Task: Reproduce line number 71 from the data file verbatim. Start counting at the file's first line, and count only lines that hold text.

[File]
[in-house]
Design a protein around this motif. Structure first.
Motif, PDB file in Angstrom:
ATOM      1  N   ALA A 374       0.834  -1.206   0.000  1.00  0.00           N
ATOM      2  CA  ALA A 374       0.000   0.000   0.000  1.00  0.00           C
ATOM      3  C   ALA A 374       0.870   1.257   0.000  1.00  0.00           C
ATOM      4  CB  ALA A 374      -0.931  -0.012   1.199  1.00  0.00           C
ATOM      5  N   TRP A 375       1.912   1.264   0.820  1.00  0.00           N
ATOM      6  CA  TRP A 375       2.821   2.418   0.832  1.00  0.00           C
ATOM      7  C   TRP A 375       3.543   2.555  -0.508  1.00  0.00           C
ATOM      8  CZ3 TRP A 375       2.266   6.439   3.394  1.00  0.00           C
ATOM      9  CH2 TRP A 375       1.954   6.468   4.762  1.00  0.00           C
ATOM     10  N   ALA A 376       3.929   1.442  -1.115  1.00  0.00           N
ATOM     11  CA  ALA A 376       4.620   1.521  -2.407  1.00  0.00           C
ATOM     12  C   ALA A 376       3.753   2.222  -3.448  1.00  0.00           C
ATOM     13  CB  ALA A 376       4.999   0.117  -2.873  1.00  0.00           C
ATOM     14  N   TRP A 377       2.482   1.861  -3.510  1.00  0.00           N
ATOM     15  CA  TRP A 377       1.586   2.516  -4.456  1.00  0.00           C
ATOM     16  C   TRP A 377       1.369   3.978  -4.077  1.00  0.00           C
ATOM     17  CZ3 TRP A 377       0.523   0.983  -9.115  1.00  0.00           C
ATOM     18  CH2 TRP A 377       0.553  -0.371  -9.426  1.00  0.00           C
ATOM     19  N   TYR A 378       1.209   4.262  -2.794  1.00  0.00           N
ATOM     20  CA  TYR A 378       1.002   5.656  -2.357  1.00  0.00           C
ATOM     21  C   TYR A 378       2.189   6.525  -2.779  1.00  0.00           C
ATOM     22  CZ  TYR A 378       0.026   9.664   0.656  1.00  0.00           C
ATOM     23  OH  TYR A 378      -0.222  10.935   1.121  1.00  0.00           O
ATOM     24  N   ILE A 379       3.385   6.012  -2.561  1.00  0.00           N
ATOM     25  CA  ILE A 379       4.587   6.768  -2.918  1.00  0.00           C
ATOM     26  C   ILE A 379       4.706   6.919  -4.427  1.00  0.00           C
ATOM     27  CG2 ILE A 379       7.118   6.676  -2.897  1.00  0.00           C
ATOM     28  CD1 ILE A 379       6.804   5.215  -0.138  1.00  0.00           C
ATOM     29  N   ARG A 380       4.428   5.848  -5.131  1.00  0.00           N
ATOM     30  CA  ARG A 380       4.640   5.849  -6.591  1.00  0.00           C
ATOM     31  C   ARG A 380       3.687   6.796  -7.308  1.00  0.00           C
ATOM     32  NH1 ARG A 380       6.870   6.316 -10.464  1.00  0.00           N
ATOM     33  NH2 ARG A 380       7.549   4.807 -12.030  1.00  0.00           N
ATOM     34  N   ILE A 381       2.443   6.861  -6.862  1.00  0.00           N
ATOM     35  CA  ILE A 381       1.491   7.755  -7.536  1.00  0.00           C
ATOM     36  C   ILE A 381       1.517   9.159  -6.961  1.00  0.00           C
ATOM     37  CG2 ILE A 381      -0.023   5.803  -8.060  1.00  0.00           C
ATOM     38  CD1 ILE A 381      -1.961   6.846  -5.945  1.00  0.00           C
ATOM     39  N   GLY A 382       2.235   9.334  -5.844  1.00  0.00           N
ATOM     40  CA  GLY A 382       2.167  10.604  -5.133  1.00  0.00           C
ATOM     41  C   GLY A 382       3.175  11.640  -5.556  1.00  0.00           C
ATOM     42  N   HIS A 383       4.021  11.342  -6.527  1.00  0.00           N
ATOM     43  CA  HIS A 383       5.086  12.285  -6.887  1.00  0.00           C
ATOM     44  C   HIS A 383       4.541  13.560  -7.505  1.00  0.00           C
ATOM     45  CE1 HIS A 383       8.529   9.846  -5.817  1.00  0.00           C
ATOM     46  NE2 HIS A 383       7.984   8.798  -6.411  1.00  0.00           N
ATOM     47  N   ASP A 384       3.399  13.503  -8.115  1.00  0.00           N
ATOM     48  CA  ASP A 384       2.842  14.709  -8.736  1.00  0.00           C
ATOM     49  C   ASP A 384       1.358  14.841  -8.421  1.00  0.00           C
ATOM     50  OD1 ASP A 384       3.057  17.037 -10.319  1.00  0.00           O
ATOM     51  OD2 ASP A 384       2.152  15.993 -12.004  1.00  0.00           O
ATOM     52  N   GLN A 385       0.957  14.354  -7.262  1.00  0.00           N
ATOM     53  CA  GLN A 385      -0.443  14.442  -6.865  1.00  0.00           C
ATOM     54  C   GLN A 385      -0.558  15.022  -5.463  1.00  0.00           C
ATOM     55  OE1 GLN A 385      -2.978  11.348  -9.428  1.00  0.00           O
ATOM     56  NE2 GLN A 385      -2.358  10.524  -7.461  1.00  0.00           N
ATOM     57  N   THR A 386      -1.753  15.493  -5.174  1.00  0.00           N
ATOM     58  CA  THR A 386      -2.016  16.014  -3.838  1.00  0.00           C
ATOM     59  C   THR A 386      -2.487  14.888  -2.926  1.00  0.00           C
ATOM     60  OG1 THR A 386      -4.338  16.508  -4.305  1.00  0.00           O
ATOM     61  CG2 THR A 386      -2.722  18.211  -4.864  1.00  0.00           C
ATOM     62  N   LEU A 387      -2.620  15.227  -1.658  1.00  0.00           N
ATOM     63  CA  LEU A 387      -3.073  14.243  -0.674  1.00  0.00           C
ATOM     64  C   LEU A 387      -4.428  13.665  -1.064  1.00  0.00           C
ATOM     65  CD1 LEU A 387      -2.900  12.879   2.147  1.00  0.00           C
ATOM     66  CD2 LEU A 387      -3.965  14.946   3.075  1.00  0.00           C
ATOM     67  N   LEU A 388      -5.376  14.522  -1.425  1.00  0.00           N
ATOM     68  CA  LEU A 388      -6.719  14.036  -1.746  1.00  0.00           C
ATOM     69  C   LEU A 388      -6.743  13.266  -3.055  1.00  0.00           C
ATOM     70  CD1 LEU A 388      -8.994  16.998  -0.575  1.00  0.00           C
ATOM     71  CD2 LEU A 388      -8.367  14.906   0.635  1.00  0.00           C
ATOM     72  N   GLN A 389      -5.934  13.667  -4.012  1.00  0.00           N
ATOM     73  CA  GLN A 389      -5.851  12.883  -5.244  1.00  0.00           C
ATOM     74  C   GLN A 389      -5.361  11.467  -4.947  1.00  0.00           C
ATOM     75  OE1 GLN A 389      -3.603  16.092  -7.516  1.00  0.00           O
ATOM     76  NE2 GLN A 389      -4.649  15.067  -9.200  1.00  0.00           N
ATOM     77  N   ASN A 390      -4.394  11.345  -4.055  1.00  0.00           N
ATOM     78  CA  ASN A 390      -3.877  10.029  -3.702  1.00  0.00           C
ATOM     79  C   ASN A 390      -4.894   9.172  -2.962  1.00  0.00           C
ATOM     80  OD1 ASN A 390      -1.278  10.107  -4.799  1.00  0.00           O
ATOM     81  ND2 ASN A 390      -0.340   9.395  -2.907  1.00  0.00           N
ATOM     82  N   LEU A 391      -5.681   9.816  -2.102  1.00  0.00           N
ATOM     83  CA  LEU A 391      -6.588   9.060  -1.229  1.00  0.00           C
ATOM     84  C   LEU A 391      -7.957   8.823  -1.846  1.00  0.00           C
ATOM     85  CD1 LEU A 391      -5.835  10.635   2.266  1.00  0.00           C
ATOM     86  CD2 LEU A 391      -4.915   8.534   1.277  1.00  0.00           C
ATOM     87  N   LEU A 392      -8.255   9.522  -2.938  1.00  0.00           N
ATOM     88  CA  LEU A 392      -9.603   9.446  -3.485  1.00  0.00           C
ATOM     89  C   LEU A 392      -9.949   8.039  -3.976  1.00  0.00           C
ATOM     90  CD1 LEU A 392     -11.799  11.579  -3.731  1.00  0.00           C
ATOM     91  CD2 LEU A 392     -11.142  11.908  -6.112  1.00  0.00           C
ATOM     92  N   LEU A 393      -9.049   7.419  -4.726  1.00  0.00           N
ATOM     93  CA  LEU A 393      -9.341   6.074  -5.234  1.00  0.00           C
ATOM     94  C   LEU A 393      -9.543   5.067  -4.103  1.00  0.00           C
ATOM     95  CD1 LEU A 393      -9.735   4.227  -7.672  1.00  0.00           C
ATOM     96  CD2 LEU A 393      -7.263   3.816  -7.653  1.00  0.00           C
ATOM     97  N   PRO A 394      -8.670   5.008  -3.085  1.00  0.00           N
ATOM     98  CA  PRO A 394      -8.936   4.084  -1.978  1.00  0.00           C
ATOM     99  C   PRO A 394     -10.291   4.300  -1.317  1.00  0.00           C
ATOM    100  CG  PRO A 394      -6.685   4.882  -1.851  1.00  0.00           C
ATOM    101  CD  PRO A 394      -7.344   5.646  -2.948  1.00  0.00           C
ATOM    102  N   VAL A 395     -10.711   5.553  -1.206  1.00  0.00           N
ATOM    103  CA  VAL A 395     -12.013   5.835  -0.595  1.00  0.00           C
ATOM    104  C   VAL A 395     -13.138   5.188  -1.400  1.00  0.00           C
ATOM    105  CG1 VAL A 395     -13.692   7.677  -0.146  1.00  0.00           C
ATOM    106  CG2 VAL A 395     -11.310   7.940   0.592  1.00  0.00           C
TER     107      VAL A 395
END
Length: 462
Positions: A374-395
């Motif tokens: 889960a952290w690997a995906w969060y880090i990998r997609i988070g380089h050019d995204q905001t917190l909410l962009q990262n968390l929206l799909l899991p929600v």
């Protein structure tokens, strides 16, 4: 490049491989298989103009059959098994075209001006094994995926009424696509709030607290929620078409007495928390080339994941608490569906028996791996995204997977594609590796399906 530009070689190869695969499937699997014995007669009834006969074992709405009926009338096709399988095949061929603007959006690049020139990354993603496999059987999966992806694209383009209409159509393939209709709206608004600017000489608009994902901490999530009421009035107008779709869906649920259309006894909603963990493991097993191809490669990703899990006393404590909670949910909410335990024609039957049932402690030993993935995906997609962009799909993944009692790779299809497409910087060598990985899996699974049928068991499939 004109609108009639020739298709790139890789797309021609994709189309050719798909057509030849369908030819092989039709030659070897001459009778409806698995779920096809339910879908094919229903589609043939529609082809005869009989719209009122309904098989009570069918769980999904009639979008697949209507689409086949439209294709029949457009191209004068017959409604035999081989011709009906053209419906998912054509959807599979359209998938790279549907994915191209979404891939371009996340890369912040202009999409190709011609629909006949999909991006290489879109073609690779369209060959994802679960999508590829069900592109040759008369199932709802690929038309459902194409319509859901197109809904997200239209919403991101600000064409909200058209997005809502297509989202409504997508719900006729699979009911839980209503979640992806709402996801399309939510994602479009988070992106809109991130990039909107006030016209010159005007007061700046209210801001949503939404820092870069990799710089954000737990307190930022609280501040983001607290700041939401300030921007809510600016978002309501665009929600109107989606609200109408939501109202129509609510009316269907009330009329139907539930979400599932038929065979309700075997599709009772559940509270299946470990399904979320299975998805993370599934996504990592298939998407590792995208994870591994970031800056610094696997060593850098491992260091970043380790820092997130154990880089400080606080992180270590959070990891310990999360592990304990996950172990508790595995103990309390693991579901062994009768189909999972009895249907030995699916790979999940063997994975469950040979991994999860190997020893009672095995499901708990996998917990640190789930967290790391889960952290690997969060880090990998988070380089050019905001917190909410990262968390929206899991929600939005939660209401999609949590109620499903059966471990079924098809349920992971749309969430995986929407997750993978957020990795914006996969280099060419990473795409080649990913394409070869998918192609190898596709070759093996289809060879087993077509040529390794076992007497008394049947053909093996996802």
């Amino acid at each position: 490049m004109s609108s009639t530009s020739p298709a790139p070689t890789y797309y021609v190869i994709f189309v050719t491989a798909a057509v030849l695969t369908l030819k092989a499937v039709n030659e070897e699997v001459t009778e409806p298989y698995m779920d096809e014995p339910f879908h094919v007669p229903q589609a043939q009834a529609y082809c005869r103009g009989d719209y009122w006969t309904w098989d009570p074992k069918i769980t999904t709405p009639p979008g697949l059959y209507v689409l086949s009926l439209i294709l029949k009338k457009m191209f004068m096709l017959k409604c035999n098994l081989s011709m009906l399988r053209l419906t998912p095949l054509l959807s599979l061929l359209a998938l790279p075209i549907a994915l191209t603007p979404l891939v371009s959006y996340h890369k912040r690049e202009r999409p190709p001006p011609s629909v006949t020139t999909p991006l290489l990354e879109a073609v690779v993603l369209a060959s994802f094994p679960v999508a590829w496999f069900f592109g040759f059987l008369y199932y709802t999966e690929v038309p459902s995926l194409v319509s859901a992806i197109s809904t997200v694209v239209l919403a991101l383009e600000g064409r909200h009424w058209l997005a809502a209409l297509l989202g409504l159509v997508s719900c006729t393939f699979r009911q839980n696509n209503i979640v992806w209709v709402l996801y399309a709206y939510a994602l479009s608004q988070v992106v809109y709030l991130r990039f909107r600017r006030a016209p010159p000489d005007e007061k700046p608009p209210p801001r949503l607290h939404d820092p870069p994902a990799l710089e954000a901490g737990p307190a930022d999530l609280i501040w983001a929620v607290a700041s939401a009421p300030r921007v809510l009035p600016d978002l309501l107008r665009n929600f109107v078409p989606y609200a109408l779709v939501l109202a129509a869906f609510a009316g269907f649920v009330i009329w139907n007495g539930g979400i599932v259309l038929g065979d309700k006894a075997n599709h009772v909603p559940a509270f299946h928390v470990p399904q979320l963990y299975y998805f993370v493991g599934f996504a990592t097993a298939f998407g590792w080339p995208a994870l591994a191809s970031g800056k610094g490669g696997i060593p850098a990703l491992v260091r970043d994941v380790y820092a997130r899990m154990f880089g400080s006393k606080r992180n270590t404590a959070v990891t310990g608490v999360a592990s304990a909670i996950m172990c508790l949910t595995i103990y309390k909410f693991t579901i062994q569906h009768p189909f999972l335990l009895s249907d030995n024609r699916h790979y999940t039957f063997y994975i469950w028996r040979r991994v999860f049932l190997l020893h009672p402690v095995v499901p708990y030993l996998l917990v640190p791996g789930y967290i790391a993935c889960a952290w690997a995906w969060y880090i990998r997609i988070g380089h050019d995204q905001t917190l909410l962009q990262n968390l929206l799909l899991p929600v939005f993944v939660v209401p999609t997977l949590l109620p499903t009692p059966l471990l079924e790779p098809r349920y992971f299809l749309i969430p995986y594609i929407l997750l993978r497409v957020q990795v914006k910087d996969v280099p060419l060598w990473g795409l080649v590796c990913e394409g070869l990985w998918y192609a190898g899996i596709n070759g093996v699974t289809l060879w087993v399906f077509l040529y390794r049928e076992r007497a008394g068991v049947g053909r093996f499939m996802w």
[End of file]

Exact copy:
ATOM     68  CA  LEU A 388      -6.719  14.036  -1.746  1.00  0.00           C